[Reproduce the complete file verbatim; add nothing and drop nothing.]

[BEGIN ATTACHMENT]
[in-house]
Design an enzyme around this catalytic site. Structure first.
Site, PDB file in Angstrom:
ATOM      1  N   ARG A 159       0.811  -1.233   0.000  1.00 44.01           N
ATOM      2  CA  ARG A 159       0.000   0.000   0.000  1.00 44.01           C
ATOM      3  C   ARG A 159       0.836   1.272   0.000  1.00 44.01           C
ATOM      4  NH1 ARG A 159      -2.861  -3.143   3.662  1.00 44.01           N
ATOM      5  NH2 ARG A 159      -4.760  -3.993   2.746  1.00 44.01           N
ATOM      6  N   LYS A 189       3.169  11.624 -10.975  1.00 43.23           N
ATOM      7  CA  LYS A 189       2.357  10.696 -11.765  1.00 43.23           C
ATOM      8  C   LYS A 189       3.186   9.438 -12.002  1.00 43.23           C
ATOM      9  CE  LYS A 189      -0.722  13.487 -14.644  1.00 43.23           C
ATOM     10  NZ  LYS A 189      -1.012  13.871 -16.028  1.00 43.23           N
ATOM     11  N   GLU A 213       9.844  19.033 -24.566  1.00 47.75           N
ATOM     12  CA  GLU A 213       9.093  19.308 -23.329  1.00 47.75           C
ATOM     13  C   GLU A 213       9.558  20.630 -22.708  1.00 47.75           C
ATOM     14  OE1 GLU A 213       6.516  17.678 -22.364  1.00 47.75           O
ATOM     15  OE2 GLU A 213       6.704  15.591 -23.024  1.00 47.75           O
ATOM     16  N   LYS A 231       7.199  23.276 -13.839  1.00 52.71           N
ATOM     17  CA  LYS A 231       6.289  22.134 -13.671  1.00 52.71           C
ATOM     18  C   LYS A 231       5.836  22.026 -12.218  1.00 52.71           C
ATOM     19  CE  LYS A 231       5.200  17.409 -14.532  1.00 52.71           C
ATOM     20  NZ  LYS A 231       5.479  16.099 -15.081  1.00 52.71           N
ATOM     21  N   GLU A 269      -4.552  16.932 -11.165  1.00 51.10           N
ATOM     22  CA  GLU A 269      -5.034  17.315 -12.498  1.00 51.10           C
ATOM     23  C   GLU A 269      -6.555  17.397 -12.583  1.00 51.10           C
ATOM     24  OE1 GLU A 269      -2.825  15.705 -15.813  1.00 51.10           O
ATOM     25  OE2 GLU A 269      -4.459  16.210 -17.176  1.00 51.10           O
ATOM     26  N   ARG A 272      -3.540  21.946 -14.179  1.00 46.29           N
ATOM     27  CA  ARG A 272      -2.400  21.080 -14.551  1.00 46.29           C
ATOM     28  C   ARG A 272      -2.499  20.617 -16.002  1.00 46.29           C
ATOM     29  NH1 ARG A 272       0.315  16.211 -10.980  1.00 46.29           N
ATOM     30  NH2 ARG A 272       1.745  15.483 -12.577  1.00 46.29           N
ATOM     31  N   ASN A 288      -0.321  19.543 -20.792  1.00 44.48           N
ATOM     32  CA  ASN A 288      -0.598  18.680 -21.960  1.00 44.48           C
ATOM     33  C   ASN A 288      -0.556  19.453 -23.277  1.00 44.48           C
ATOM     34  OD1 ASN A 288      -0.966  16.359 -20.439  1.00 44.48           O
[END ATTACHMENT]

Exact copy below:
[in-house]
Design an enzyme around this catalytic site. Structure first.
Site, PDB file in Angstrom:
ATOM      1  N   ARG A 159       0.811  -1.233   0.000  1.00 44.01           N
ATOM      2  CA  ARG A 159       0.000   0.000   0.000  1.00 44.01           C
ATOM      3  C   ARG A 159       0.836   1.272   0.000  1.00 44.01           C
ATOM      4  NH1 ARG A 159      -2.861  -3.143   3.662  1.00 44.01           N
ATOM      5  NH2 ARG A 159      -4.760  -3.993   2.746  1.00 44.01           N
ATOM      6  N   LYS A 189       3.169  11.624 -10.975  1.00 43.23           N
ATOM      7  CA  LYS A 189       2.357  10.696 -11.765  1.00 43.23           C
ATOM      8  C   LYS A 189       3.186   9.438 -12.002  1.00 43.23           C
ATOM      9  CE  LYS A 189      -0.722  13.487 -14.644  1.00 43.23           C
ATOM     10  NZ  LYS A 189      -1.012  13.871 -16.028  1.00 43.23           N
ATOM     11  N   GLU A 213       9.844  19.033 -24.566  1.00 47.75           N
ATOM     12  CA  GLU A 213       9.093  19.308 -23.329  1.00 47.75           C
ATOM     13  C   GLU A 213       9.558  20.630 -22.708  1.00 47.75           C
ATOM     14  OE1 GLU A 213       6.516  17.678 -22.364  1.00 47.75           O
ATOM     15  OE2 GLU A 213       6.704  15.591 -23.024  1.00 47.75           O
ATOM     16  N   LYS A 231       7.199  23.276 -13.839  1.00 52.71           N
ATOM     17  CA  LYS A 231       6.289  22.134 -13.671  1.00 52.71           C
ATOM     18  C   LYS A 231       5.836  22.026 -12.218  1.00 52.71           C
ATOM     19  CE  LYS A 231       5.200  17.409 -14.532  1.00 52.71           C
ATOM     20  NZ  LYS A 231       5.479  16.099 -15.081  1.00 52.71           N
ATOM     21  N   GLU A 269      -4.552  16.932 -11.165  1.00 51.10           N
ATOM     22  CA  GLU A 269      -5.034  17.315 -12.498  1.00 51.10           C
ATOM     23  C   GLU A 269      -6.555  17.397 -12.583  1.00 51.10           C
ATOM     24  OE1 GLU A 269      -2.825  15.705 -15.813  1.00 51.10           O
ATOM     25  OE2 GLU A 269      -4.459  16.210 -17.176  1.00 51.10           O
ATOM     26  N   ARG A 272      -3.540  21.946 -14.179  1.00 46.29           N
ATOM     27  CA  ARG A 272      -2.400  21.080 -14.551  1.00 46.29           C
ATOM     28  C   ARG A 272      -2.499  20.617 -16.002  1.00 46.29           C
ATOM     29  NH1 ARG A 272       0.315  16.211 -10.980  1.00 46.29           N
ATOM     30  NH2 ARG A 272       1.745  15.483 -12.577  1.00 46.29           N
ATOM     31  N   ASN A 288      -0.321  19.543 -20.792  1.00 44.48           N
ATOM     32  CA  ASN A 288      -0.598  18.680 -21.960  1.00 44.48           C
ATOM     33  C   ASN A 288      -0.556  19.453 -23.277  1.00 44.48           C
ATOM     34  OD1 ASN A 288      -0.966  16.359 -20.439  1.00 44.48           O